Pentagon watchdog warns of ‘existential crisis’ and criticizes US ‘hubris’ in Afghanistan
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Pentagon watchdog warns of ‘existential crisis’ and criticizes US ‘hubris’ in Afghanistan

A Pentagon watchdog report on Afghanistan warns that the country’s government could face an “existential crisis” and offered a highly critical assessment of the US’s strategy and conduct throughout the 20-year war, just weeks before the withdrawal of American troops is due to be completed.

John Sopko, the US special inspector general for Afghanistan reconstruction, told reporters Thursday there are two words to describe the US effort in Afghanistan. “One is this hubris that we can somehow take a country that was desolate in 2001 and turn it into a little Norway.” The other, mendacity: “we over exaggerated, our generals did, our ambassadors did.” He noted countless officials over the years spoke about “just turning the corner” in the fight against the Taliban. “Well we turned the corner so much, we did 360 degrees.”

The report warns that Afghan National Defense and Security Forces “appeared surprised and unready and is now on its back foot” against the Taliban as the US withdraws, though Sopko told reporters he believes “the last act” hasn’t been played and the government still has time to make improvements and try to survive.

The Pentagon has said about 95% of US troops have left and the Taliban have rapidly expanded their presence to large swaths of country. The speed at which Afghan security forces have lost control to the Taliban has shocked many and led to concerns that the capital, Kabul, could be next to fall. All foreign forces are expected to leave Afghanistan by August 31.

Talking to reporters, Sopko continued his criticism of US policy and said there had been a failure to help fashion an Afghan military force with the basic pay, logistics, medical care and other elements that made local troops feel risking their lives was worth it. Sopko repeatedly noted that fuel supplies are not under proper government control and suggested that as much as half may have been stolen, a huge obstacle that has reduced military capability.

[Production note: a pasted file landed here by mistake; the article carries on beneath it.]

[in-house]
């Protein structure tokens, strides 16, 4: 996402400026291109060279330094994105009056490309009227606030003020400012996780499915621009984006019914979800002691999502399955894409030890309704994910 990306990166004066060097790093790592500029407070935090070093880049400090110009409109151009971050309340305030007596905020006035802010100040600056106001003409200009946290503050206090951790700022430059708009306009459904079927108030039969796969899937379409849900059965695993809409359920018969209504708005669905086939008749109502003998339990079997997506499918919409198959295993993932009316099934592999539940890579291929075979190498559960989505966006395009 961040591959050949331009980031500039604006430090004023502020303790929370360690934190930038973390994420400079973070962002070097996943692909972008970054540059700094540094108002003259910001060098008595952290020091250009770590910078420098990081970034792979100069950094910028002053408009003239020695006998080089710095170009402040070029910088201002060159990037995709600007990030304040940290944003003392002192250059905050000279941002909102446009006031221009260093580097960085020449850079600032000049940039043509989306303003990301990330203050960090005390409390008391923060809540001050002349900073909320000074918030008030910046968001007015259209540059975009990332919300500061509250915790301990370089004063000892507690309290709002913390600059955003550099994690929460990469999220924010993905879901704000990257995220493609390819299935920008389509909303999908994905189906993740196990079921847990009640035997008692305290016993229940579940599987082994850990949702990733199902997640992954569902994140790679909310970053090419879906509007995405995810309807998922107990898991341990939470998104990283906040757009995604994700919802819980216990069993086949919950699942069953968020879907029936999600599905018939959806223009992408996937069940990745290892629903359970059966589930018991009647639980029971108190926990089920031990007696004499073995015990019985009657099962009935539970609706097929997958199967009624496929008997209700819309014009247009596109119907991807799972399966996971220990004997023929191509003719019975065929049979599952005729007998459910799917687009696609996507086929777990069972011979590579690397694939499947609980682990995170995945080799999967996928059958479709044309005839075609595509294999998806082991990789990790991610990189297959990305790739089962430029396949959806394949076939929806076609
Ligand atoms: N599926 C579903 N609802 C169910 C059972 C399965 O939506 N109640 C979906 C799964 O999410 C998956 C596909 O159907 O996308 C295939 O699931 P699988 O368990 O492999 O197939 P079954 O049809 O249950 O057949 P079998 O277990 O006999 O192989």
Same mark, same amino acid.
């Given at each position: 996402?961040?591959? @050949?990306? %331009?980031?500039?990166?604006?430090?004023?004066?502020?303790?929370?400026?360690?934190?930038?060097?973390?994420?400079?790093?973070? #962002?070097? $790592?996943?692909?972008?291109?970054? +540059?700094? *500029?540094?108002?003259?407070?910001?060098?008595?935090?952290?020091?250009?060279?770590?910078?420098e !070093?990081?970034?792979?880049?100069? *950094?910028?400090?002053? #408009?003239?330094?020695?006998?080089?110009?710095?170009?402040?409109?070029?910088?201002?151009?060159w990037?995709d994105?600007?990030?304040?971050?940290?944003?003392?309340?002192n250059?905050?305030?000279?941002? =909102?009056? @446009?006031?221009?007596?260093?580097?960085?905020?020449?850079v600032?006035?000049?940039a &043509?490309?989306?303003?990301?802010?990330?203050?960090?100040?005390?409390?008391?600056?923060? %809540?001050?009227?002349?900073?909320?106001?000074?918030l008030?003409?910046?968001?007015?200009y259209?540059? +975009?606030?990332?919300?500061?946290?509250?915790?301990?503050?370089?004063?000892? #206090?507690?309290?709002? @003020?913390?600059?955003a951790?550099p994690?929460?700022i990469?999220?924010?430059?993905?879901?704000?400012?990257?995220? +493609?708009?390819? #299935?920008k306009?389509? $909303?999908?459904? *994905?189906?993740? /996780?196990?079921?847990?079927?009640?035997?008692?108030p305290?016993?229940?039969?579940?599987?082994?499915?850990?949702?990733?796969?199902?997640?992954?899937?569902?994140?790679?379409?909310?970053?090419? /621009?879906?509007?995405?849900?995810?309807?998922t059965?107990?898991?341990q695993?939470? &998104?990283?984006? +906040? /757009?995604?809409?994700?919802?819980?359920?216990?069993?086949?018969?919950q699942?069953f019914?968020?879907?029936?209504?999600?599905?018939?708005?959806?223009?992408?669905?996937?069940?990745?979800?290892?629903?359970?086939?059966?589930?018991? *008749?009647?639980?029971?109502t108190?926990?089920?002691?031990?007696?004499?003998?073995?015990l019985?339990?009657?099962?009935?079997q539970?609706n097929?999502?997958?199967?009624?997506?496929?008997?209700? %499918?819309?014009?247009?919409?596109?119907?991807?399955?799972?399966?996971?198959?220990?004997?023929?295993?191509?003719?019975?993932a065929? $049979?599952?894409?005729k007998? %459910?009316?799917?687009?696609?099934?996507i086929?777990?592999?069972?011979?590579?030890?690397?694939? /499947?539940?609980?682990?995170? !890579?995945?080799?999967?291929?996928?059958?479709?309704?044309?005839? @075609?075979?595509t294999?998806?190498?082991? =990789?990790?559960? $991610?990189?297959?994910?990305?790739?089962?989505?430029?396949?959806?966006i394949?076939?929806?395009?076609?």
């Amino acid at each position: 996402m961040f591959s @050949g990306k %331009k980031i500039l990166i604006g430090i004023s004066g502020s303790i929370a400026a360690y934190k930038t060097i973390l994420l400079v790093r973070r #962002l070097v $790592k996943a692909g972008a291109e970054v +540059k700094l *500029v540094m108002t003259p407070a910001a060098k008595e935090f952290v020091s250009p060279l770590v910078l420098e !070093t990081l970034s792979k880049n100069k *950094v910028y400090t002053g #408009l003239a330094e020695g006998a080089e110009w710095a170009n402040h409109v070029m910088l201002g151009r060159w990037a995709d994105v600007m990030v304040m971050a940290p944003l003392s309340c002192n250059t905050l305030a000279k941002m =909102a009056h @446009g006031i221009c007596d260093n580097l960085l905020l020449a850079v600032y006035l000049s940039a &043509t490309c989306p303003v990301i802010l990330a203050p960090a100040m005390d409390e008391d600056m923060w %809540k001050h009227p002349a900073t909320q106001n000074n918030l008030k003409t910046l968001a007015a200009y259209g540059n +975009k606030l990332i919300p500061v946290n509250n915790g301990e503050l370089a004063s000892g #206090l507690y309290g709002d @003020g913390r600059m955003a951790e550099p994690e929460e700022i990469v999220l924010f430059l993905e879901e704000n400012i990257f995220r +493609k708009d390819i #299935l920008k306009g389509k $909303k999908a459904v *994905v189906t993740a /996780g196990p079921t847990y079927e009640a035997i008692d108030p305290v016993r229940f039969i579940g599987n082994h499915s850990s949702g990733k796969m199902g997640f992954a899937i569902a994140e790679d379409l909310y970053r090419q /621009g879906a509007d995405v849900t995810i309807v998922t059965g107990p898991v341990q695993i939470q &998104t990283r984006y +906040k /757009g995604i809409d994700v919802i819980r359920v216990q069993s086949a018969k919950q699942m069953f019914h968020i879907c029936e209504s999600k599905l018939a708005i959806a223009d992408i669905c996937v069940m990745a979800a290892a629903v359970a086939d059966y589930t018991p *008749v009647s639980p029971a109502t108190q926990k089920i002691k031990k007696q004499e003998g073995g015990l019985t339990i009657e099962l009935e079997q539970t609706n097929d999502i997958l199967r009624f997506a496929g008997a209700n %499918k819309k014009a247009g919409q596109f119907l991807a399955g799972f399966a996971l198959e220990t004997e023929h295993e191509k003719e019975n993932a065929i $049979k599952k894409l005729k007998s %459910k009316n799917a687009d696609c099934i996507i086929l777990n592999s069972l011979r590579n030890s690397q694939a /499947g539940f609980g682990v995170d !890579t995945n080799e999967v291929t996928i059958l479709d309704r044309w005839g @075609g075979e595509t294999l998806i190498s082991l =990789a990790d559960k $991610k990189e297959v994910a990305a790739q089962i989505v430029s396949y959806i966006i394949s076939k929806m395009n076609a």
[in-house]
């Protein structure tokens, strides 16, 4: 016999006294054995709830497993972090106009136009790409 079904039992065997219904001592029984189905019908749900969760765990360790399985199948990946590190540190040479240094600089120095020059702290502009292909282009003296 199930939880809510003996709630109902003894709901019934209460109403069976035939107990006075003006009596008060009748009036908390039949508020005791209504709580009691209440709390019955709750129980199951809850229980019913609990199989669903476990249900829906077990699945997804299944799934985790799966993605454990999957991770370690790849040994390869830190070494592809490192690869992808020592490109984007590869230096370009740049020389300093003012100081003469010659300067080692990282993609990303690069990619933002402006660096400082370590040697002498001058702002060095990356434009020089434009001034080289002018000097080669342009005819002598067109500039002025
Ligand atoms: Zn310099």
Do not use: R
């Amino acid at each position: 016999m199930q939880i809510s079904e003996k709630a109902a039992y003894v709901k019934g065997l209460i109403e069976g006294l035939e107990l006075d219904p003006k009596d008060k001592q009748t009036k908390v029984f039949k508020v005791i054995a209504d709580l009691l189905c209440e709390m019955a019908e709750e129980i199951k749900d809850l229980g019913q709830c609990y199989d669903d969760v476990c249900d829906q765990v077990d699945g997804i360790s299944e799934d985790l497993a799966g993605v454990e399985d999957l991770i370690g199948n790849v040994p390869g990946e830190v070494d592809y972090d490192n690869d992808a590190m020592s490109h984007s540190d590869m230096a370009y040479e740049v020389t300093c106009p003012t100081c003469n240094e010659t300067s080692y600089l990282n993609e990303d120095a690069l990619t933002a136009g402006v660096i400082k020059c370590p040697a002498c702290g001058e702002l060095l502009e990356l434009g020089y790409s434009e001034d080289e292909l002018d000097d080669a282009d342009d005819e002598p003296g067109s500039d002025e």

Afghan UH-60 helicopters had a 77% readiness rate in April and May, that then plummeted for several reasons to 39% in June. The readiness rate for the AC 208 light aircraft declined to 63% in June after being at 93% in April and May. This underscores worries that Afghan air forces simply won’t be able to function without maintenance contractors on site.

The report was published a day after Secretary of State Antony Blinken described the Taliban’s advances in Afghanistan as “deeply troubling” and followed a meeting between China’s foreign minister and senior members of the Taliban in northern China.

US intelligence services, military commanders and members of Congress have all warned that the Afghan government won’t be able to stand up to the Taliban without the backing of American firepower.

Early this month President Joe Biden delivered a vehement defense of his decision to withdraw US troops, insisting no amount of sustained American presence there could resolve the country’s intractable problems.

Sopko has long been critical of many of the US efforts in Afghanistan. But with the troop withdrawal almost complete he advocated for a hard look at the history of US military conflicts. “Don’t believe what you’re told by the generals or the ambassadors or people in administration saying we’re never going to do this again,” he said. “That’s exactly what we said after Vietnam: We’re never going to do this again. Lo and behold, we did Iraq. And we did Afghanistan. We will do this again.”

Sopko noted that a new report will be published in the new few weeks on lessons the US should have learned from Afghanistan, in part based on new interviews with officials who served.

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